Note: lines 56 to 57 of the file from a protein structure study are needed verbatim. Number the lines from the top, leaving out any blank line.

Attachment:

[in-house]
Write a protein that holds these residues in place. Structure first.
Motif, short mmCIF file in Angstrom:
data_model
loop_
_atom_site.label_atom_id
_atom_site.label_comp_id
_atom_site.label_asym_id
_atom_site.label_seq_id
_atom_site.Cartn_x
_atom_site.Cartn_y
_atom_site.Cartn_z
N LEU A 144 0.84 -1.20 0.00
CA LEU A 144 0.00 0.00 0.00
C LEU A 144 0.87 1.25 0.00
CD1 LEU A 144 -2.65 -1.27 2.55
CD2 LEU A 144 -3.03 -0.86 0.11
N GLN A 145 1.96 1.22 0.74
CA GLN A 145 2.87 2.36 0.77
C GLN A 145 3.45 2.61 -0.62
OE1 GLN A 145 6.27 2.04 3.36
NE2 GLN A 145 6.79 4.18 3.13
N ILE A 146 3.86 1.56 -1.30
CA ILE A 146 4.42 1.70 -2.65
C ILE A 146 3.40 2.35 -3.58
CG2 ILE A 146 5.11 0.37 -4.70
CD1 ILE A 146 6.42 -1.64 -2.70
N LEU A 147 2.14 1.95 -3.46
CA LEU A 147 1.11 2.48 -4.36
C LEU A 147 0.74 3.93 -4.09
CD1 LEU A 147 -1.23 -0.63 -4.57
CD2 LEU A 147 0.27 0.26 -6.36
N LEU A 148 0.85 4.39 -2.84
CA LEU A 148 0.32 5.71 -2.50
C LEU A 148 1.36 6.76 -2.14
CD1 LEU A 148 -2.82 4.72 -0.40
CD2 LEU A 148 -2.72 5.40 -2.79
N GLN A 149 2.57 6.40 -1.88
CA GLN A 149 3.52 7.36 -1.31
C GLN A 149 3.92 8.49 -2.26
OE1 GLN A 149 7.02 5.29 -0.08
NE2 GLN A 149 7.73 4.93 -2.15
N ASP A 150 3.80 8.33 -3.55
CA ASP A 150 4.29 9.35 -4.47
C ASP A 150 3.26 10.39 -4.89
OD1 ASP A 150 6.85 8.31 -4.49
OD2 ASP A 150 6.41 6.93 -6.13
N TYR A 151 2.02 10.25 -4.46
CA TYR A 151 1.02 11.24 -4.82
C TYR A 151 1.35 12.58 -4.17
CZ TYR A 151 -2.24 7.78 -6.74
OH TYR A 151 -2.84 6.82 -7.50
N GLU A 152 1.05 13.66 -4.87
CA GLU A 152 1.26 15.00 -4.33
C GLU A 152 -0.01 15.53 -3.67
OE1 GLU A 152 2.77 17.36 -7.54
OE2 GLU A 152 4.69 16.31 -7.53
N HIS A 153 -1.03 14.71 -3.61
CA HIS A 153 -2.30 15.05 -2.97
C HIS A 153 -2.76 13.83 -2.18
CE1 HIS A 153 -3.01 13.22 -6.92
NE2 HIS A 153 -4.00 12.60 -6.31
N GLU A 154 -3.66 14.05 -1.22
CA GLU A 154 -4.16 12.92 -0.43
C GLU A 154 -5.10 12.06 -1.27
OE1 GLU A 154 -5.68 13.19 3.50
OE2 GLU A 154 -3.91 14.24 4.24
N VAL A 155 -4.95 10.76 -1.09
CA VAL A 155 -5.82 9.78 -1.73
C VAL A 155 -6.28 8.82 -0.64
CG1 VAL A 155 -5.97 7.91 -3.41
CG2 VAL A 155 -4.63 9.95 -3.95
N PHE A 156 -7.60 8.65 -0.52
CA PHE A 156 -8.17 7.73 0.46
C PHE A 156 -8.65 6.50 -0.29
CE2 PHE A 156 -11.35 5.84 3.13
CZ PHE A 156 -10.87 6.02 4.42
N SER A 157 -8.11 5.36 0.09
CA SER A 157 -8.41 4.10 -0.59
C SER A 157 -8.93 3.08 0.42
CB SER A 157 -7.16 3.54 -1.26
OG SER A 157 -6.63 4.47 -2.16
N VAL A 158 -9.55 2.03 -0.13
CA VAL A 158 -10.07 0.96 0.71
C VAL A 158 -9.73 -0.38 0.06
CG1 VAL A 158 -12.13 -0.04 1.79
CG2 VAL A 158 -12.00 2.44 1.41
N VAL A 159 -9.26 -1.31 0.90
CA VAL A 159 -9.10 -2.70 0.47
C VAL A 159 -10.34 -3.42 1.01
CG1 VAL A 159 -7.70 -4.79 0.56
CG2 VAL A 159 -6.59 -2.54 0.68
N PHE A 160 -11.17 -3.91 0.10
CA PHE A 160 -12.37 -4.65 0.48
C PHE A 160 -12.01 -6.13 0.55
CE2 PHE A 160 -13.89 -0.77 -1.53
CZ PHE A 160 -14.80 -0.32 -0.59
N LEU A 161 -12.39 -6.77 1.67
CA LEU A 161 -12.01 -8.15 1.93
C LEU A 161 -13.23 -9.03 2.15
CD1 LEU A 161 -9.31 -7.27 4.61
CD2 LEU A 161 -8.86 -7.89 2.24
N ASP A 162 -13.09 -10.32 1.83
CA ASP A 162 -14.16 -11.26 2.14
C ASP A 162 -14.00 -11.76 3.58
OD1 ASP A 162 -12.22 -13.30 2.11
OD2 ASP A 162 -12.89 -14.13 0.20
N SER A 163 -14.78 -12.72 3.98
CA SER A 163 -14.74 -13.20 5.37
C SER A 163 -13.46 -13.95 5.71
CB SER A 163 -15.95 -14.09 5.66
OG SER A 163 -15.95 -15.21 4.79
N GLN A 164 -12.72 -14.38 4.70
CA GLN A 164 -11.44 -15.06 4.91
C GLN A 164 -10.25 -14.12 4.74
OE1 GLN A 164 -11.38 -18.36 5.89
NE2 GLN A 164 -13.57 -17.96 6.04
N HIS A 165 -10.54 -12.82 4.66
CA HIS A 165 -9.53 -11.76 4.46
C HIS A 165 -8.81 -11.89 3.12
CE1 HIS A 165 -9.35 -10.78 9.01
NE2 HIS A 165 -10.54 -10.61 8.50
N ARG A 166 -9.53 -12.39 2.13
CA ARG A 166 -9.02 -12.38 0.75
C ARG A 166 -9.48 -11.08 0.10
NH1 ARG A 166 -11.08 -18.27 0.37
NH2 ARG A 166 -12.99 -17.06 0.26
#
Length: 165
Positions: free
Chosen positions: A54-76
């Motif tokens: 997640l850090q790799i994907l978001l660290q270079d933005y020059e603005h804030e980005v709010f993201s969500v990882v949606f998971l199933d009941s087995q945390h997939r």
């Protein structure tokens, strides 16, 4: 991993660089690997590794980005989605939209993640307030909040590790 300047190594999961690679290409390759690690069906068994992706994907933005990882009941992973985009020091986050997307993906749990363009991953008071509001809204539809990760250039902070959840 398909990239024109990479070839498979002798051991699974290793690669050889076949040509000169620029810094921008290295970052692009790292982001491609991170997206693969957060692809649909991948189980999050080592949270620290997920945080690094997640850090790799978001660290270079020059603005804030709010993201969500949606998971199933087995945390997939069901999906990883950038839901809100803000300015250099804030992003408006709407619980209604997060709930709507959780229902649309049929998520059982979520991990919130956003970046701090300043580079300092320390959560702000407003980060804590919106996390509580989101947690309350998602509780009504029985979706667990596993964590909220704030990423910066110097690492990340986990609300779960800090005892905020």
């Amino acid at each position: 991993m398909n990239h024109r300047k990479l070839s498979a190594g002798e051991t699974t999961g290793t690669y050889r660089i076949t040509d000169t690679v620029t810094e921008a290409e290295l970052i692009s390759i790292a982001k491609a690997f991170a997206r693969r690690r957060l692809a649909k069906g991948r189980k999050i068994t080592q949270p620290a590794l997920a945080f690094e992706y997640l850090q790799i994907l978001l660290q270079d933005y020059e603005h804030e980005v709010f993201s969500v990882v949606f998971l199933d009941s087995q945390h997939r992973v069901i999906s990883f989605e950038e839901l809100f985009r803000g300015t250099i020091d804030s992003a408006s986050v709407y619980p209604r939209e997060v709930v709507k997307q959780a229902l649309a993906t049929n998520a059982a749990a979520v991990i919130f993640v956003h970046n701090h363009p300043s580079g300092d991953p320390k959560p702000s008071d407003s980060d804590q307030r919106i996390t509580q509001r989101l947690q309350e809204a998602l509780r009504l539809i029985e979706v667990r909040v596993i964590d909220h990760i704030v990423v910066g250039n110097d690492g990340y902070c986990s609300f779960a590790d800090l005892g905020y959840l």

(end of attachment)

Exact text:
OE1 GLU A 152 2.77 17.36 -7.54
OE2 GLU A 152 4.69 16.31 -7.53